Each pandaren belongs to a shao’din, which is their word for “clan”. Pandaren society has changed from its origins. Where once the pandaren were a mighty empire, standing proud beside their night elf allies, now they are a simple people who want only peace and a safe home. Yet the world is a dangerous place, and only through an acceptance of the violence that comes with life can the pandaren continue to prosper.
Pandaren society is, in many ways, compartmentalized. At their core, the pandaren treasure peace and creativity. Most pandaren are poets and singers, and the craftsmen of their culture are truly revered. The danger of their lives, however, has necessitated the evolution of a class of warriors to defend those ideals — it is these warriors, from the simplest pikeman to the great shodo-pans, who ensure that pandaren culture survives.
Pandaren have a fierce and deep belief in the connection of the material and spiritual worlds. In many ways their faith mirrors the ancient beliefs of the night elves, and the tribal beliefs of the tauren, troll, and orc races. However, pandaren veil their beliefs in the trappings of a mystical and ancient method called geomancy. Geomancy teaches that the land is a reflection of the spirits, but that spirits are also a reflection of the land.
Like the furbolgs, tauren, and Wildhammer dwarves, the pandaren follow a shamanistic faith, worshiping the Earth Mother and giving passage to their dead. They are true geomancers, drawing their holy power directly from the Earth Mother. They also follow a new philosophy (new to the other residents of Kalimdor, of course); they are a society that reacts, instead of acting first. They claim to be the water that flows around a rock: The water does not push the rock out of the way, it merely goes around it. They use this uncomplicated way of thinking in their everyday life. If they set their minds to a task, and they fail, then they believe they went about it the wrong way and try again. They do not mourn for failures, believing that they simply have mapped out improper ways to do things and they will know better next time. This philosophy seems simple, but the pandaren apply it to every aspect of their lives, from brewing beer to adventuring. They are calm, affable types who will extend the hand of friendship to a stranger on the road — but if the stranger is hostile, the hand of friendship can quickly turn into an excruciating joint lock.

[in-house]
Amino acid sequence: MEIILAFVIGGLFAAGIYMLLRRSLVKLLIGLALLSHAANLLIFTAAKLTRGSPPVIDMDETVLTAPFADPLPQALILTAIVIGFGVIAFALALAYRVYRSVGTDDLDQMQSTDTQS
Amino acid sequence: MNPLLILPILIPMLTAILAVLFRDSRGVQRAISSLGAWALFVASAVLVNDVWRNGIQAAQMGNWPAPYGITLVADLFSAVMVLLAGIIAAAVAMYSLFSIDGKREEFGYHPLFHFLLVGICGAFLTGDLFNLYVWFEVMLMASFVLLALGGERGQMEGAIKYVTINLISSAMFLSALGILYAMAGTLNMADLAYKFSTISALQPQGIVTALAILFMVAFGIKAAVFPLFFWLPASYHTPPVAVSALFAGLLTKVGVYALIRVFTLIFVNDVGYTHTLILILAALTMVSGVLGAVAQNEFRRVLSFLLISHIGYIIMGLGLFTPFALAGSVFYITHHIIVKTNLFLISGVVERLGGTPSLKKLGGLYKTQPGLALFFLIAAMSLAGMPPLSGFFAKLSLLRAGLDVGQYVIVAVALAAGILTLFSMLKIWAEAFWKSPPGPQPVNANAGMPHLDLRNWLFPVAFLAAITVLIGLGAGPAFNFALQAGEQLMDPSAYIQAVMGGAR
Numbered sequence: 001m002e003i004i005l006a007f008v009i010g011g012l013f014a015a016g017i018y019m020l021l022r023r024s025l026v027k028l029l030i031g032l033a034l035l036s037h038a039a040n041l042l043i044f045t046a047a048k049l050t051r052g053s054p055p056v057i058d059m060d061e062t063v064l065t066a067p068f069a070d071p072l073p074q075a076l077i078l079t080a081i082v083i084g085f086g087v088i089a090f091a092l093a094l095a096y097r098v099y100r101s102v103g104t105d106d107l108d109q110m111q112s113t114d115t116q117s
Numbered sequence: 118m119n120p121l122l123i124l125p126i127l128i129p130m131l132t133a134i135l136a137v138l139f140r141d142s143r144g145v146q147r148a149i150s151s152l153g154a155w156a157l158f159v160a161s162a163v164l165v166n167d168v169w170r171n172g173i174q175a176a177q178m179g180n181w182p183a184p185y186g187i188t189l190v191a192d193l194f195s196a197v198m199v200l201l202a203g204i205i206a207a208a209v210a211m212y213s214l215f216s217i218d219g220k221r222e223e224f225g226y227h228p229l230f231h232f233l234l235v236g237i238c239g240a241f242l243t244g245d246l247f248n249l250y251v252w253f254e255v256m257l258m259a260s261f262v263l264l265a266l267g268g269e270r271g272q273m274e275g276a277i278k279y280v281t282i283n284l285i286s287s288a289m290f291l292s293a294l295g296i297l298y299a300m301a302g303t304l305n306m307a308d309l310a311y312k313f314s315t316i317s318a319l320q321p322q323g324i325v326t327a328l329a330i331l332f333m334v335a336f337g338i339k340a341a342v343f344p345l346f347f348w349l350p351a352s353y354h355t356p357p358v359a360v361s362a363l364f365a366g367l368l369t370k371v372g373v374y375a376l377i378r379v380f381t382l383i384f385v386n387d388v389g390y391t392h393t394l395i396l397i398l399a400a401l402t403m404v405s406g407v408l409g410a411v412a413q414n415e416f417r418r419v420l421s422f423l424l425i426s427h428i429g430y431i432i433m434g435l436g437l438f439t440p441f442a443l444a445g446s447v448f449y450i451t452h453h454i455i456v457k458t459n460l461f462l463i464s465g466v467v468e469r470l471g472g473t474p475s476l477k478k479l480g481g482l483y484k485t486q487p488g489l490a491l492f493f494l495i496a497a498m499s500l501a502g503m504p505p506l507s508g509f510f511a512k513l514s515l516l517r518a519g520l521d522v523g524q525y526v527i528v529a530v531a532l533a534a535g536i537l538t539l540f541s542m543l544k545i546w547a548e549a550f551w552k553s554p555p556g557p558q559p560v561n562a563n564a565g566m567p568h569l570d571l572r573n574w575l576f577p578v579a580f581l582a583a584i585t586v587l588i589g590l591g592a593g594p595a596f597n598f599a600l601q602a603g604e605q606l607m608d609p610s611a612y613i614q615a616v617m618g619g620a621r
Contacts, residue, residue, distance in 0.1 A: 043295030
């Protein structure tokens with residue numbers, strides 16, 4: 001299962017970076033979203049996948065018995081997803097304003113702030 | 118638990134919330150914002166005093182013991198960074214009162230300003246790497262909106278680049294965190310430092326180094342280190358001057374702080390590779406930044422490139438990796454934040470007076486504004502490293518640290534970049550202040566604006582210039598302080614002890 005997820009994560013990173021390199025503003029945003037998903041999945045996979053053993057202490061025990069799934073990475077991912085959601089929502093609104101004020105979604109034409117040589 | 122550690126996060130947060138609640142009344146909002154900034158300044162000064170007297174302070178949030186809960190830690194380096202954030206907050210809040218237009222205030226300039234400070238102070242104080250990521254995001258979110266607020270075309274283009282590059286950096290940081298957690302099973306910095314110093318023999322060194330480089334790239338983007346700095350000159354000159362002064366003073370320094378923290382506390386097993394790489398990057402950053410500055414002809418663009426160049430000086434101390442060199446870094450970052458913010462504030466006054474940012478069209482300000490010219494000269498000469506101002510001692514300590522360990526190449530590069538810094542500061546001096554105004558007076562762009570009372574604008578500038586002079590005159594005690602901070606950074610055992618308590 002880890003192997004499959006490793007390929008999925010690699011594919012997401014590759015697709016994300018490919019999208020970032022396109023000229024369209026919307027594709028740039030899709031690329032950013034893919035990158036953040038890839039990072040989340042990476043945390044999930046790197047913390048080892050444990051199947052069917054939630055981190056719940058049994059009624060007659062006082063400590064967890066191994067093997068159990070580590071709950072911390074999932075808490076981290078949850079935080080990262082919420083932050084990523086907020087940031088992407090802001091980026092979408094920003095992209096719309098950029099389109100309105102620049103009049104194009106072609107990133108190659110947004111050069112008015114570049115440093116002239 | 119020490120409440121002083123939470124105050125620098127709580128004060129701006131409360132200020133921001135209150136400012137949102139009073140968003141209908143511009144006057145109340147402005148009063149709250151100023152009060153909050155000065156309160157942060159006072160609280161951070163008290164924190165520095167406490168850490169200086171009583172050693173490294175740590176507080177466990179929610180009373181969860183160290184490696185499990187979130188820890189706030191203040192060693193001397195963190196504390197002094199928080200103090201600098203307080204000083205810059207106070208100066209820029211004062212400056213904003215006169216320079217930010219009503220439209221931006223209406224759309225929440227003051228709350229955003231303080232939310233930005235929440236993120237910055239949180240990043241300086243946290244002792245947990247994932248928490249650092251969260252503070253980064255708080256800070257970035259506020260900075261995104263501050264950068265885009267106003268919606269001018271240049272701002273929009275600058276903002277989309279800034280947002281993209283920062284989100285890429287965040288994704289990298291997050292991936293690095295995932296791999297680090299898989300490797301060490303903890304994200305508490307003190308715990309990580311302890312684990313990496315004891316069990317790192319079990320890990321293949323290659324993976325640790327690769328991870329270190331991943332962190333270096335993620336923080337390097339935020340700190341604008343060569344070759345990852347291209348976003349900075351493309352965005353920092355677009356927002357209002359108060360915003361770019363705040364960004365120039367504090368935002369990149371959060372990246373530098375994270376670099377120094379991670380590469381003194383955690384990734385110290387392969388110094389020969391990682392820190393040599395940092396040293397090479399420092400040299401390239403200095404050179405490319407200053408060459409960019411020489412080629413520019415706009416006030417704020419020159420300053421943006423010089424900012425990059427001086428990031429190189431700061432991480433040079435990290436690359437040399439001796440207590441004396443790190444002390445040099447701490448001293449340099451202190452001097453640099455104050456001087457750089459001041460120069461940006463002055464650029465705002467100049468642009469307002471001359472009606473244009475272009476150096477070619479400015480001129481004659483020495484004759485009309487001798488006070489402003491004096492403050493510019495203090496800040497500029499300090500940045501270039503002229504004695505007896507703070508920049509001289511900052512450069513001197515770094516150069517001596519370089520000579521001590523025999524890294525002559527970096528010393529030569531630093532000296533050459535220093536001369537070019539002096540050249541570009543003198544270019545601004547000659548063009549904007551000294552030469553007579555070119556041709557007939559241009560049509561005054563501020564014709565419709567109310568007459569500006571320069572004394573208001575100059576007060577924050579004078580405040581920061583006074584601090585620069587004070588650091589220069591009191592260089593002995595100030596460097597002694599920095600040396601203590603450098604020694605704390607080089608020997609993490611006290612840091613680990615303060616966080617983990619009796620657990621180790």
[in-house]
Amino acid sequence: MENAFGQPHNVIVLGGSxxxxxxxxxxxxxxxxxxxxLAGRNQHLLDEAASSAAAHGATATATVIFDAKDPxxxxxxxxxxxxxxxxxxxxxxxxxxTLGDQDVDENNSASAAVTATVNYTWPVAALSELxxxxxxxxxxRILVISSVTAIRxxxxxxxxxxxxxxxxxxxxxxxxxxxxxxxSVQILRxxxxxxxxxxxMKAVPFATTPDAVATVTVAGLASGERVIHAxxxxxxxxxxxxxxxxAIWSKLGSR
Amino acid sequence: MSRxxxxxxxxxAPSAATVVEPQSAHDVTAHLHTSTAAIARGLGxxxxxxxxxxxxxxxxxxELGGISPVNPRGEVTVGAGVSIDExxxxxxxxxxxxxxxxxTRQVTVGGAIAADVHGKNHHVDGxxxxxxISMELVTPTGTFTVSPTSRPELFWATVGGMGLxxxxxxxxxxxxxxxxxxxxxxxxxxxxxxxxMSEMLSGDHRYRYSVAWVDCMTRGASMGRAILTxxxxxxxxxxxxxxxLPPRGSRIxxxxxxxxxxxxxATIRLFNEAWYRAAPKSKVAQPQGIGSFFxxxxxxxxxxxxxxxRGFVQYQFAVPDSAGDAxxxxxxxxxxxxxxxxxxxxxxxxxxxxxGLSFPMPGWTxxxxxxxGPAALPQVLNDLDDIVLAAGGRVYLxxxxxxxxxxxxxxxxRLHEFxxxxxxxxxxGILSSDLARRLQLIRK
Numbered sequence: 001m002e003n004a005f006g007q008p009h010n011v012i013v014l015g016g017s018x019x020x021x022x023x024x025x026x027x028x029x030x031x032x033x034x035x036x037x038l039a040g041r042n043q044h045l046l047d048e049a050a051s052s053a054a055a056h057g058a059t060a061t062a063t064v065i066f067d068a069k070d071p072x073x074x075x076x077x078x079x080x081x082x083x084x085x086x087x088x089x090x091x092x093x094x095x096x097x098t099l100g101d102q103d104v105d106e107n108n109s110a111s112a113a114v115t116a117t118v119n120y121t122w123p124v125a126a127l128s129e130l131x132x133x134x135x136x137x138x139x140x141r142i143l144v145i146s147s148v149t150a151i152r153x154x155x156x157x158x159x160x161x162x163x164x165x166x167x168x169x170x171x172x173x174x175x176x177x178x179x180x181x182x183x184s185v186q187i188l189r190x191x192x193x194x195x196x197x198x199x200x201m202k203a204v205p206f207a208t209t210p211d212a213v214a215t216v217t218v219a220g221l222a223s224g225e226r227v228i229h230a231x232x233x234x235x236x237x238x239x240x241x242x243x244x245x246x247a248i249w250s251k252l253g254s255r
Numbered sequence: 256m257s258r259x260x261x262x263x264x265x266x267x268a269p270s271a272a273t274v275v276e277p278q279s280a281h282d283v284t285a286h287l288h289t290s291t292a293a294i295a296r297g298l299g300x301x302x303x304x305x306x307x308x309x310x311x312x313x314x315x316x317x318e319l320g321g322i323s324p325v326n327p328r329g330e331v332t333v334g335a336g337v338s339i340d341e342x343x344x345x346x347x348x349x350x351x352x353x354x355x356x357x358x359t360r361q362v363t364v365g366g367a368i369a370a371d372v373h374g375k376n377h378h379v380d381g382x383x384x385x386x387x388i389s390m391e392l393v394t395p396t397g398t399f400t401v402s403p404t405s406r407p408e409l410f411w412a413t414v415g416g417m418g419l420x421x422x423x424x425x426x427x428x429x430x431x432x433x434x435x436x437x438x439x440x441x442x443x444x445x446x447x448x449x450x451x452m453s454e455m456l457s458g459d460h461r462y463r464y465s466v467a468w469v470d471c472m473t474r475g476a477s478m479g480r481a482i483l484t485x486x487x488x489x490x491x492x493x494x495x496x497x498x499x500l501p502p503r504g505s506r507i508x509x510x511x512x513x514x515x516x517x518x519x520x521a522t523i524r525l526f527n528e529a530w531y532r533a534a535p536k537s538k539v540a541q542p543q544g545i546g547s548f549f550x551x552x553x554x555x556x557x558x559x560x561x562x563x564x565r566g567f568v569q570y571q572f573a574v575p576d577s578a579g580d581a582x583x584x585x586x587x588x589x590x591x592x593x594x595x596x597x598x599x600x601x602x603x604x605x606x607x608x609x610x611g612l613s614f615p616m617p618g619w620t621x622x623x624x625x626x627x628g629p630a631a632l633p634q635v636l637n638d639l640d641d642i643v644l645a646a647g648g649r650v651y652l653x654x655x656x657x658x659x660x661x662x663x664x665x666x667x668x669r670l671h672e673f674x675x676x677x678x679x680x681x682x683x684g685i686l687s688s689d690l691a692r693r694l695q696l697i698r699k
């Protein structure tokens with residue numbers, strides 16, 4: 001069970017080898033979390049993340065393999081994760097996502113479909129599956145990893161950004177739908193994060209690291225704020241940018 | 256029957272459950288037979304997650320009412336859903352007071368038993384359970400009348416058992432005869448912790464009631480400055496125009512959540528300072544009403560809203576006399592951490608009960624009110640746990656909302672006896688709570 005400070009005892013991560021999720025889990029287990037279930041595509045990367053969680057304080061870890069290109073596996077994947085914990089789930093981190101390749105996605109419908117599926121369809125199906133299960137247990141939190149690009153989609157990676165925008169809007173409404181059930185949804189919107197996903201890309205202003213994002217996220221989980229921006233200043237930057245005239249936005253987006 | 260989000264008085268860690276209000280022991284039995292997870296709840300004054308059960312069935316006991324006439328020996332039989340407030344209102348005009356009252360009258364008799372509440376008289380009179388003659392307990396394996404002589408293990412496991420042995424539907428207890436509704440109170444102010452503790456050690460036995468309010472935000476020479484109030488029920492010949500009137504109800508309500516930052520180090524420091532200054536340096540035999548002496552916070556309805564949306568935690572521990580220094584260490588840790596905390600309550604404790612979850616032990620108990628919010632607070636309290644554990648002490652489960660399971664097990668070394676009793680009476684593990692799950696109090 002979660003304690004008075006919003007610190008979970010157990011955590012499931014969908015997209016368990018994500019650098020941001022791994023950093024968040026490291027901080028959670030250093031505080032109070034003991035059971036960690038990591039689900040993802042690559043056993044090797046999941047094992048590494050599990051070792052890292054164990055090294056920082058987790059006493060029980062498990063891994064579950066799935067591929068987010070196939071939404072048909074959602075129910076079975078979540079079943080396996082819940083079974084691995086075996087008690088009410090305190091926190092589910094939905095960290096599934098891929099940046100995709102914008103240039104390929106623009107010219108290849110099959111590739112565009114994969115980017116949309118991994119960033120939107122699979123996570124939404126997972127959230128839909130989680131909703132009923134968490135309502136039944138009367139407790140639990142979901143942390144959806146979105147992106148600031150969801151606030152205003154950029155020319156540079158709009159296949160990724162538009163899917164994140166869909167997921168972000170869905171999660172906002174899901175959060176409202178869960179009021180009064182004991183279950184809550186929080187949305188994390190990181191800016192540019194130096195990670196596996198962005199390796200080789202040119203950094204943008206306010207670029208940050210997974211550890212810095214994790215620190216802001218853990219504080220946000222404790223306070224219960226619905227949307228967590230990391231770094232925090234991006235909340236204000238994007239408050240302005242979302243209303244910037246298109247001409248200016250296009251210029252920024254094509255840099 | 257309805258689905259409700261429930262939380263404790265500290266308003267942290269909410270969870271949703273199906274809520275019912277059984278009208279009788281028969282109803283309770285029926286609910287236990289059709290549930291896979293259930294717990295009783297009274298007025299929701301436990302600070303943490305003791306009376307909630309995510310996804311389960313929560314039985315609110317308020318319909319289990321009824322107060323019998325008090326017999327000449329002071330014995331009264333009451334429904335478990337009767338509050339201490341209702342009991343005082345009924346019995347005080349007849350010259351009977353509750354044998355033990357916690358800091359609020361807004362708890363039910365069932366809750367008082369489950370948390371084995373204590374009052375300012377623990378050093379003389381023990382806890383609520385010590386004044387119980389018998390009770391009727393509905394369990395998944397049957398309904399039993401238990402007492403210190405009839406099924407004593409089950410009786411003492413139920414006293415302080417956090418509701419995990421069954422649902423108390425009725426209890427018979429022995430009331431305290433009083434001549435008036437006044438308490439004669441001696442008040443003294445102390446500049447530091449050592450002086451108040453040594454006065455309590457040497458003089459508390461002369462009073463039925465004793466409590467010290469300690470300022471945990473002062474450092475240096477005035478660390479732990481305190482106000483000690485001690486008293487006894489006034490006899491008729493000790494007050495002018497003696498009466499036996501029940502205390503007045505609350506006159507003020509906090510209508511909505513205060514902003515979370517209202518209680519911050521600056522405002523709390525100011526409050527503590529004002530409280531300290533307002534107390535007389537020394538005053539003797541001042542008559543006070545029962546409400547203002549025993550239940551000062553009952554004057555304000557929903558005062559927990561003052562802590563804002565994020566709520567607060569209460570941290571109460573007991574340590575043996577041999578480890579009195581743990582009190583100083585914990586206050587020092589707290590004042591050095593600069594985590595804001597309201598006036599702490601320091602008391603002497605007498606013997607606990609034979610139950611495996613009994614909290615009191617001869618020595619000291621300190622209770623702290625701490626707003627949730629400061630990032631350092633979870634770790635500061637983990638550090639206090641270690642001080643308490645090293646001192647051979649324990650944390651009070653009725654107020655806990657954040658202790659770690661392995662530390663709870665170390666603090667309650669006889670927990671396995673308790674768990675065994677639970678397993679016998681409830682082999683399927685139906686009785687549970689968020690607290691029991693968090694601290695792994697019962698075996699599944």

Pandaren are known for their art of acupressure. Acupressure points such as the one in the right arm, can quicken the heart rate and cause the muscles to contract. Other points on the left arm can calm a user down if needed.
What may surprise those who encounter the pandaren most, however, is their unabashed love for beer. Most religious and meditative people on Kalimdor consider alcohol a drink for the masses, a drink whose properties cloud the mind and block contemplation of the gods. The pandaren laugh at this notion. The ideal day for a pandaren begins with meditation and ends with a good drink with a better friend. They love encountering folk who live life to the fullest; they enjoy adventuring; and they are happiest in a tavern swapping stories and buying rounds for the house. Those lucky enough to meet a pandaren and share in his ale will undoubtedly find it to be the best beer they have ever tasted. The down side to this, of course, is that they will no longer enjoy Kalimdor-brewed beer as much.
The pandaren are an old and refined culture with many traditions and arts important to their way of life, none of which have influenced the pandaren so thoroughly as the art of brewing. Drink is in every aspect of pandaren life; and because of the craft involved, a tradition of brewing potent fluids has become a cultural institution for the gentle people of Pandaria. The pandaren brewmasters travel the world for new and exotic ingredients and recipes. These affable yet deadly warriors practice a unique combination of healing arts and martial skill. With their knowledge of alchemy, potion-making and brewery, the pandaren have created superb ales and liquors that have become a welcome drink at any adventurers table either before or after a battle. The brews hold magical properties, as plants, berries and fungi that harbor powerful spirits are often included as ingredients in whiskeys, ales and other alcoholic beverages. Distilling these ingredients focuses potent magic.